I just read an article published by Modern Healthcare[1], the recovery auditor contractors (RACs) recouped some $3.75 billion in overpayments made to hospitals and physicians in 2013. I am not sure how that achieves the ranks of bragging rights, but for the RAC trade group, it apparently does. And in the article, this fact is followed by an out-and-out lie, which states that only 18.1 percent of all claims that providers took to Medicare’s appeal process were overturned in their favor.

First of all, how in the heck would the government have any clue as to the disposition of claims within a 12-month window when it takes close to three years to get those claims to the ALJ level? Maybe they should have been a bit more truthful and said that, based on the disposition of appeals that were able to be adjudicated during the same calendar year as the findings, 18.1 percent were reversed on appeal. I mean, I am dumbfounded. I read that and was slack-jawed.

If this is true—that only 18.1 percent of appealed claims end up reversed in favor of the provider—then why would the Centers for Medicare & Medicaid Services (CMS) have just offered a settlement proposal that returns 68 percent of claimed overpayment amounts back to the provider? Are they lying, or are they just stupid? It has to be one of the two. And I don’t think that they are stupid. For Pete’s sake, guys, you don’t have to be a conspiracy theorist to see what is going on here. There is simply no way that everyone else is wrong about the reversal rate and the RAC trade group is right. Sorry, boys, I have a lot more faith in the American Hospital Association results, CMS’ own published results on final determinations, and even my non-scientific living-room surveys than the noise that you are putting out to the public.

Some time ago, I read a blog post in which the author quoted a CMS statistic that only 2.3 percent of overpayment findings were eventually reversed in favor of the provider on appeal. His conclusion was that the auditors must be doing a great job. Actually, it was just another lesson on how to lie with statistics. The truth was, only 2.7 percent of those findings were appealed, so in the end, of those that were appealed, 44 percent were reversed in favor of the provider. And what is going on here? Are the RACs bragging that they mess up only 18.1 percent of the time? Any idea how much that 18.1 percent cost providers? Hey, if you want to really man up and do the right thing, then how about you reimburse the providers for their costs in appealing those 18.1 percent wrongful decisions? But that’s not what the RAC program is about, is it? Imagine if you had a local judge in your community who had his or her decisions reversed by an appeals court almost one-fifth of the time. How long would that judge be on the bench? If any of you were to do your jobs correctly only 80 percent of the time, how long would you have your jobs?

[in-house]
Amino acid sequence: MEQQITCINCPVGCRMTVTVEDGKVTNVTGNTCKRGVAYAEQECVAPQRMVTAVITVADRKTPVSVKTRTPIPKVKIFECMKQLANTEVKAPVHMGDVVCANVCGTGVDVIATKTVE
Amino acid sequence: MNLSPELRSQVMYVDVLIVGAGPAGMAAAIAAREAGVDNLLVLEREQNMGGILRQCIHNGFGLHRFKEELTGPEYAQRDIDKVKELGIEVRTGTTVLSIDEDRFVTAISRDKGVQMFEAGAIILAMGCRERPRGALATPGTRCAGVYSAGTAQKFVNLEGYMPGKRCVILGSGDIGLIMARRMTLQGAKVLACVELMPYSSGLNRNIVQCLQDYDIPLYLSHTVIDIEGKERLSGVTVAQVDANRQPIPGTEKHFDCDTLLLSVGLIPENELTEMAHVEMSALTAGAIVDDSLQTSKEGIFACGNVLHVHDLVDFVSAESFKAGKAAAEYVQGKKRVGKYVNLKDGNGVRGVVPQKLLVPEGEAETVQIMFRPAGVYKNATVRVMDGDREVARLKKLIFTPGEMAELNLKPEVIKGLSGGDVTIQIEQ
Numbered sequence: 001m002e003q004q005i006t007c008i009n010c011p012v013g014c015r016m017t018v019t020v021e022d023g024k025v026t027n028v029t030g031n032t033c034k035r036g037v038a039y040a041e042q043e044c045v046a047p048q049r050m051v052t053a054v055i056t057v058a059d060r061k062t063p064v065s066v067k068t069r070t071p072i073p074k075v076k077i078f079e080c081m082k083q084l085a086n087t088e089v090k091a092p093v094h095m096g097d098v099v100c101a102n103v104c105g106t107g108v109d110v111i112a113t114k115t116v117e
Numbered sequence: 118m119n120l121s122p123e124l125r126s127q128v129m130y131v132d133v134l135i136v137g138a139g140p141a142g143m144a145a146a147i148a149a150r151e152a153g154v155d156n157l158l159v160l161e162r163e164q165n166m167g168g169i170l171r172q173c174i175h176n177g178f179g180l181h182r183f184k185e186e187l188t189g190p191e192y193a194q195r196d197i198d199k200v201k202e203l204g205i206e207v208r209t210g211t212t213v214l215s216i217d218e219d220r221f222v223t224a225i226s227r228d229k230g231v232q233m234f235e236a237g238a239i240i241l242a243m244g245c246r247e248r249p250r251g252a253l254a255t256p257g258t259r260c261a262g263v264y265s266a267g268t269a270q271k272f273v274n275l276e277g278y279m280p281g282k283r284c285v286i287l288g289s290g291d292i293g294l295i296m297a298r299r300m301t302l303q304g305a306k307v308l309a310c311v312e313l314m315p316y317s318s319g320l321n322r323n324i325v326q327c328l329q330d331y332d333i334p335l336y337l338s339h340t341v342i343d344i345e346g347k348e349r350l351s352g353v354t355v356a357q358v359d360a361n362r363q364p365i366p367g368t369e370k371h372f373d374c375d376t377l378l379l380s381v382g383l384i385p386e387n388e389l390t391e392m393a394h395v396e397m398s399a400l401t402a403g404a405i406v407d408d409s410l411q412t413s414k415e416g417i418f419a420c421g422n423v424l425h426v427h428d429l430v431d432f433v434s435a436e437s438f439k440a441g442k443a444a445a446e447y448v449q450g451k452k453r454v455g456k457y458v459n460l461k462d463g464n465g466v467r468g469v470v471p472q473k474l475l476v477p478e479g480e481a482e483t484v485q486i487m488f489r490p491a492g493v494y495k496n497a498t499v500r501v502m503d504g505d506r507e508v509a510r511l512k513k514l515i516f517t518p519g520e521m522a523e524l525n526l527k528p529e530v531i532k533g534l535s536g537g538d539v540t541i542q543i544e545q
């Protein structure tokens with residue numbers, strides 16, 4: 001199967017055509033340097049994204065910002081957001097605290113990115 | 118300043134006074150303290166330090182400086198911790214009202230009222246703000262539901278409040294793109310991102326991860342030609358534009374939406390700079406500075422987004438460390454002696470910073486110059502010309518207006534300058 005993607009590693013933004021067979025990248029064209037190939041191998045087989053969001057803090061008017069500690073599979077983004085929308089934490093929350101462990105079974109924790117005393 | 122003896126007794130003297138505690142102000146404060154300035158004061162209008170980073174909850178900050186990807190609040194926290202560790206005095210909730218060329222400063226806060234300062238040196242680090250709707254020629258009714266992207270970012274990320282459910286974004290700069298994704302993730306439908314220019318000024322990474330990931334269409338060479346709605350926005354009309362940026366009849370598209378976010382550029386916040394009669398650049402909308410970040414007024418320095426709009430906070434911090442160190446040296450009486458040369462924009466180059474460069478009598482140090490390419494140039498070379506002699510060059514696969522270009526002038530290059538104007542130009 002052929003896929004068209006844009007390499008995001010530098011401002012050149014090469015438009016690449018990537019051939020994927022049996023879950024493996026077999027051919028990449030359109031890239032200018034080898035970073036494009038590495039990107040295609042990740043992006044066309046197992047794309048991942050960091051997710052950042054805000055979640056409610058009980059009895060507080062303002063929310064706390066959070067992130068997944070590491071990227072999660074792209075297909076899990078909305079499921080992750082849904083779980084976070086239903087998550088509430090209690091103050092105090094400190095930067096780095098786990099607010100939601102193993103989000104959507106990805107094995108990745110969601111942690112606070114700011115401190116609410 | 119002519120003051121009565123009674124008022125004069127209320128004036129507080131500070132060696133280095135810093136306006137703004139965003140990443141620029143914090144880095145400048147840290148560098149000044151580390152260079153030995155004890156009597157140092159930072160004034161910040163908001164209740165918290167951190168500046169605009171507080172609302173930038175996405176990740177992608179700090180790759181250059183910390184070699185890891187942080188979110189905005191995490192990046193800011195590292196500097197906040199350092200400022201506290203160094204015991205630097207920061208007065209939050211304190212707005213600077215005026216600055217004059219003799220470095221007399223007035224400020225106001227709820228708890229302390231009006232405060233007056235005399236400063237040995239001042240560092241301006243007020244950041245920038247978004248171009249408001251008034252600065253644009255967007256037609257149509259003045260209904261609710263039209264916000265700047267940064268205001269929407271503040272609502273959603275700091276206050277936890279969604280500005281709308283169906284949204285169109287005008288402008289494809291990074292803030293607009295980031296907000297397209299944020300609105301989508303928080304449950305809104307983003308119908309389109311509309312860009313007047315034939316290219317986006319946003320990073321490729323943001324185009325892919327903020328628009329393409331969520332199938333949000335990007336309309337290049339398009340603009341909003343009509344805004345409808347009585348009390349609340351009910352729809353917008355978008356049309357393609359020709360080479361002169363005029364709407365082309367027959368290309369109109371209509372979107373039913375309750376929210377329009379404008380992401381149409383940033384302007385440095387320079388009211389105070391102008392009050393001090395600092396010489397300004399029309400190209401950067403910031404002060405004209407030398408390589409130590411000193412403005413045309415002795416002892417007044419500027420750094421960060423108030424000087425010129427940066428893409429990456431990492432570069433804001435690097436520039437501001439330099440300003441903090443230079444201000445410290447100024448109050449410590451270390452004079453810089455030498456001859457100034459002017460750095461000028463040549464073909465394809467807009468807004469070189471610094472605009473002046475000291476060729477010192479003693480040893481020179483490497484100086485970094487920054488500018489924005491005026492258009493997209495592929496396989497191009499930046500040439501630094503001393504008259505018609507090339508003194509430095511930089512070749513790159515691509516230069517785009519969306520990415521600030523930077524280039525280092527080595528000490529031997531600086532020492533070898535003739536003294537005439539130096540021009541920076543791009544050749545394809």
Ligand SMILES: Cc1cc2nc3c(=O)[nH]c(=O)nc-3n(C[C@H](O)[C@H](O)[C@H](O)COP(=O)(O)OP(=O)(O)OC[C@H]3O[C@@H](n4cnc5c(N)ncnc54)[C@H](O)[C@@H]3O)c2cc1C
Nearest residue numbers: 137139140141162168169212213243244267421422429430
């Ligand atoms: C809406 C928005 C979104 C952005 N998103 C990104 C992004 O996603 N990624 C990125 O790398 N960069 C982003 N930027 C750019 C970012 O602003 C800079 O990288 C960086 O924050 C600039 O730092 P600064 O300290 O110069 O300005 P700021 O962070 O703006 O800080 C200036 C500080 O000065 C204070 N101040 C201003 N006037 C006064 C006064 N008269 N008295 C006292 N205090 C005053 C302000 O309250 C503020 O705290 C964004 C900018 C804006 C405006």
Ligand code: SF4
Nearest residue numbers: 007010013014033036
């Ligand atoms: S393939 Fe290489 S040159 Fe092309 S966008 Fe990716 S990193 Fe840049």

It’s time for a reality check: The rate of reversal is not 18.1 percent. That’s nothing more than sleight-of-hand with the numbers. One person called it fuzzy math, but that’s an insult to fuzzy math, because at least fuzzy math has some foundation in reality. I am convinced that the real number is much closer to 80 percent, and even conservatively at 72 percent, based on the AHA data. It’s quite a coincidence that when you factor the AHA’s estimate of 72 percent with the approximately 14.2 percent cost of appealing to the ALJ level, the average reversal value is 68 percent—exactly what CMS has just proposed in its new settlement agreement.

The RAC trade group has absolutely no real or valuable data to support its claims. It’s smoke and mirrors and shameful, at best. The reason its estimate is so low is so few, if any, of the appeals actually made it to the administrative law judge level in a timely manner. And you can blame that on the RACs as well. It is precisely because the reversal rate is so high, because the RACs have done such a dismally poor job, that there is a backlog of over half a million appeals waiting for ALJ hearings and a two-year moratorium on even scheduling the hearing. They are using an abuse of due process as a way to manipulate their numbers.

If you really want to get an accurate handle on the reversal rate, wait two or three years until all of the appeals for 2013 are adjudicated, and match the findings back to the number of appeals in 2013. I guarantee you will get a much higher and more accurate number. This kind of asymmetry of information has no place in public discourse, because rather than stimulate an honest and open exchange of ideas, it obfuscates the truth.

From my perspective, it hurts the efforts of everyone affected to get compliance reform in place. I’m not asking CMS for any favors, just fairness and honesty, and that is something that has long been missing from the equation.

And that’s the world according to Frank.

About the Author

Frank Cohen is the Director of Analytics and Business Intelligence for DoctorsManagement. He is a healthcare consultant that specializes in data mining, applied statistics, practice analytics, decision support, and process improvement. Mr. Cohen is also a member of the National Society of Certified Healthcare Business Consultants (NSCHBC.ORG).

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[1] Bob Herman, “RACs recouped $3B for Medicare in 2013,” Modern Healthcare, (September 29, 2014)

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